(Leichner Brothers Land Reclamation Corp. )
On the surface, the land looks like a clean slate. Acres of open space, covered by grass in a mostly residential area.
Clark County officials are finalizing purchase of the property, seeing an opportunity. But they'll have to work around one major complication: The more than 50 years' of garbage and residue buried underground.
Neighbors might know the site better as the old Leichner Landfill. A planning process set to kick off next year aims to find a new use for the former dump and some surrounding property.
Clark County's trash, evidently, is also Clark County's treasure.
"We just cannot penetrate the landfill cap," said Pete Capell, the county's public works director. "But there are some beneficial uses."
The Leichner Landfill closed in 1991, after 56 years in operation. Located in the Orchards area, the site has since been closely watched by the state Department of Ecology and other local partners, including the county. A long-term groundwater and gas monitoring program continues on the site, and will for the foreseeable future, said ecology spokeswoman Linda Kent.
The site has a somewhat complicated history. Groundwater contamination was detected in the early 1980s. Authorities found "volatile organic carbons" about 25 years ago, Kent said. The Leichner property is one of only a handful of regional landfill sites under consent decree through the Model Toxics Control Act, she said, essentially a legal document outlining what's expected during the post-closure process.
In 2011, the county agreed to pay $1.5 million for the landfill and surrounding land from Leichner Brothers Land Reclamation Corp. Last month, Clark County commissioners and the Vancouver City Council made the transaction all but official. (The city granted its approval as a partner in earlier agreements surrounding the landfill. But sole ownership will rest with the county).
Now county leaders will begin exploring what happens next, Capell said.
Included in the 120-acre purchase area is a parcel known as the Koski Property. That land, zoned light industrial, sits outside the former landfill, has no garbage on it and is ripe for reuse, Capell said.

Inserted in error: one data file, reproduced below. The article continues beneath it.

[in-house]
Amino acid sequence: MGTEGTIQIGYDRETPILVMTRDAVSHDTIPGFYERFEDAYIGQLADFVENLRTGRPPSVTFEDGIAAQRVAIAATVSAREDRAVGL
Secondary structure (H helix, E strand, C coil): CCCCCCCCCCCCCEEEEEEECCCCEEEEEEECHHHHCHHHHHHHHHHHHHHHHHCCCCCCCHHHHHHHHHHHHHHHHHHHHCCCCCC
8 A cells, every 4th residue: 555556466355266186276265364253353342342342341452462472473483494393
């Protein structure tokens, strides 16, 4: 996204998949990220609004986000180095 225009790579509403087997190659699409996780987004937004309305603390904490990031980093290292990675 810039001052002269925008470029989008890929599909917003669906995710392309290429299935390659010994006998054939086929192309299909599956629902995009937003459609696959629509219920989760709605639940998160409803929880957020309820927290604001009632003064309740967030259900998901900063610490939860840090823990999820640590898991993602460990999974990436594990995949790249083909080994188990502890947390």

"It's very valuable property for creating jobs," he said.
As for the landfill itself, covering 74 acres, options are more limited. Capell floated passive recreation uses -- think walking trails -- and solar energy generation as possibilities.
Any development will have to tread carefully. There's only 34 inches of cover separating the surface from the pile of garbage underneath, according to the county. But more than two decades after the landfill closed, conditions aren't as uncertain as they used to be, Capell said.
"Because of where the landfill is in its life, the risk is pretty minimal," he said. "Now it's pretty well stabilized."
George White has lived in the nearby Sunnyside Neighborhood for more than four decades. He's been around long enough to remember the sights -- and smells -- of the Leichner Landfill in action, with hordes of seagulls often circling overhead.
White said he doesn't see anything wrong with putting trails or solar panels on the site, as the county has suggested. Whatever the outcome, the public should be involved, he said.
"I would like to see something in there that would be community-related," White said.
Other buried landfills have transformed into a variety of different uses. One former dump in King County now has baseball fields on it. Another became a golf driving range. And in Everett, a former landfill is the site of proposed commercial development, Kent said. None of those paths, however, are likely for the Leichner property.
The Leichners themselves plan to have a seat at the table in future discussions of the site, said attorney Steve Horenstein, speaking on behalf of the family. But the ultimate decision on what to do next will rest with the county, he said.
The Leichners will continue to own property adjacent to the old landfill, including a site still used by Waste Connections. Transferring ownership of the former landfill itself was in the interest of all parties involved, Horenstein said.
"The family is very happy that this is coming to a conclusion," he said. "It's been a long haul -- so to speak."